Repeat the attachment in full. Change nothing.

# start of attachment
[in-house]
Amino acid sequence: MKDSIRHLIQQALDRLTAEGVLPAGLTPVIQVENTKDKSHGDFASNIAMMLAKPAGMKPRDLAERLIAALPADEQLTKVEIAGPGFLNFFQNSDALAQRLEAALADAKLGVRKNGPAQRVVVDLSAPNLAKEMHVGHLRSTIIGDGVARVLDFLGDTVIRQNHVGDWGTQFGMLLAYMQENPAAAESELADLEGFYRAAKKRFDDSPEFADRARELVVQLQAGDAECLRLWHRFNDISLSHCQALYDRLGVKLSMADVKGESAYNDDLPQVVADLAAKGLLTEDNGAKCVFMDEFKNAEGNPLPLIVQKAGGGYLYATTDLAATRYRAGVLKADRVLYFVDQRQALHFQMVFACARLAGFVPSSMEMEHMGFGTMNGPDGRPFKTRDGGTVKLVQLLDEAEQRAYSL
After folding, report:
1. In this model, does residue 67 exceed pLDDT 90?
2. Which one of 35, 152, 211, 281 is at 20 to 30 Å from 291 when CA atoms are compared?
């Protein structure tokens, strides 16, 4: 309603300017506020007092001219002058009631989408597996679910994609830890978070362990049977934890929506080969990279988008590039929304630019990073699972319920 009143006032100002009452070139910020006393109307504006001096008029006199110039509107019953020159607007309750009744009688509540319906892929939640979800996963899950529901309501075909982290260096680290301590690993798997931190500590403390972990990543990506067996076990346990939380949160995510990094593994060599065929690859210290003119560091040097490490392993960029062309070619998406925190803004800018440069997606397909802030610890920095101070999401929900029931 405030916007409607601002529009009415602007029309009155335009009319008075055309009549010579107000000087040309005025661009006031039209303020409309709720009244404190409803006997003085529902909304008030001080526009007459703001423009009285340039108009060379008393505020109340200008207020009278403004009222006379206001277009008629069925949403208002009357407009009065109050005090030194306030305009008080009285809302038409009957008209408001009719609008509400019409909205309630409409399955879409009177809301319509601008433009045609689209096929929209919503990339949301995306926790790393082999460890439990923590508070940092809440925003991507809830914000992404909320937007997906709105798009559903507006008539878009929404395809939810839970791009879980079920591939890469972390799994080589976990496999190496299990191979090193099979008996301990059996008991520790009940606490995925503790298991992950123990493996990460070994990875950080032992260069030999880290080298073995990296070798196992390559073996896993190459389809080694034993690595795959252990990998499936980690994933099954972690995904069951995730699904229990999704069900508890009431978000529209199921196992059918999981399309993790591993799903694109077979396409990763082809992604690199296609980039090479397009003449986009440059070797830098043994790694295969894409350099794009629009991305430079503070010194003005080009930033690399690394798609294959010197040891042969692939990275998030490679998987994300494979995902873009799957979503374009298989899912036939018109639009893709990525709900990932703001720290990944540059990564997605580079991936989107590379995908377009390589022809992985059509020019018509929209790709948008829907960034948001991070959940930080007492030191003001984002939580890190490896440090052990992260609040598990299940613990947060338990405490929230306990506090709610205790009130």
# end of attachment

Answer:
[in-house]
Amino acid sequence: MKDSIRHLIQQALDRLTAEGVLPAGLTPVIQVENTKDKSHGDFASNIAMMLAKPAGMKPRDLAERLIAALPADEQLTKVEIAGPGFLNFFQNSDALAQRLEAALADAKLGVRKNGPAQRVVVDLSAPNLAKEMHVGHLRSTIIGDGVARVLDFLGDTVIRQNHVGDWGTQFGMLLAYMQENPAAAESELADLEGFYRAAKKRFDDSPEFADRARELVVQLQAGDAECLRLWHRFNDISLSHCQALYDRLGVKLSMADVKGESAYNDDLPQVVADLAAKGLLTEDNGAKCVFMDEFKNAEGNPLPLIVQKAGGGYLYATTDLAATRYRAGVLKADRVLYFVDQRQALHFQMVFACARLAGFVPSSMEMEHMGFGTMNGPDGRPFKTRDGGTVKLVQLLDEAEQRAYSL
After folding, report:
1. In this model, does residue 67 exceed pLDDT 90?
2. Which one of 35, 152, 211, 281 is at 20 to 30 Å from 291 when CA atoms are compared?
């Protein structure tokens, strides 16, 4: 309603300017506020007092001219002058009631989408597996679910994609830890978070362990049977934890929506080969990279988008590039929304630019990073699972319920 009143006032100002009452070139910020006393109307504006001096008029006199110039509107019953020159607007309750009744009688509540319906892929939640979800996963899950529901309501075909982290260096680290301590690993798997931190500590403390972990990543990506067996076990346990939380949160995510990094593994060599065929690859210290003119560091040097490490392993960029062309070619998406925190803004800018440069997606397909802030610890920095101070999401929900029931 405030916007409607601002529009009415602007029309009155335009009319008075055309009549010579107000000087040309005025661009006031039209303020409309709720009244404190409803006997003085529902909304008030001080526009007459703001423009009285340039108009060379008393505020109340200008207020009278403004009222006379206001277009008629069925949403208002009357407009009065109050005090030194306030305009008080009285809302038409009957008209408001009719609008509400019409909205309630409409399955879409009177809301319509601008433009045609689209096929929209919503990339949301995306926790790393082999460890439990923590508070940092809440925003991507809830914000992404909320937007997906709105798009559903507006008539878009929404395809939810839970791009879980079920591939890469972390799994080589976990496999190496299990191979090193099979008996301990059996008991520790009940606490995925503790298991992950123990493996990460070994990875950080032992260069030999880290080298073995990296070798196992390559073996896993190459389809080694034993690595795959252990990998499936980690994933099954972690995904069951995730699904229990999704069900508890009431978000529209199921196992059918999981399309993790591993799903694109077979396409990763082809992604690199296609980039090479397009003449986009440059070797830098043994790694295969894409350099794009629009991305430079503070010194003005080009930033690399690394798609294959010197040891042969692939990275998030490679998987994300494979995902873009799957979503374009298989899912036939018109639009893709990525709900990932703001720290990944540059990564997605580079991936989107590379995908377009390589022809992985059509020019018509929209790709948008829907960034948001991070959940930080007492030191003001984002939580890190490896440090052990992260609040598990299940613990947060338990405490929230306990506090709610205790009130």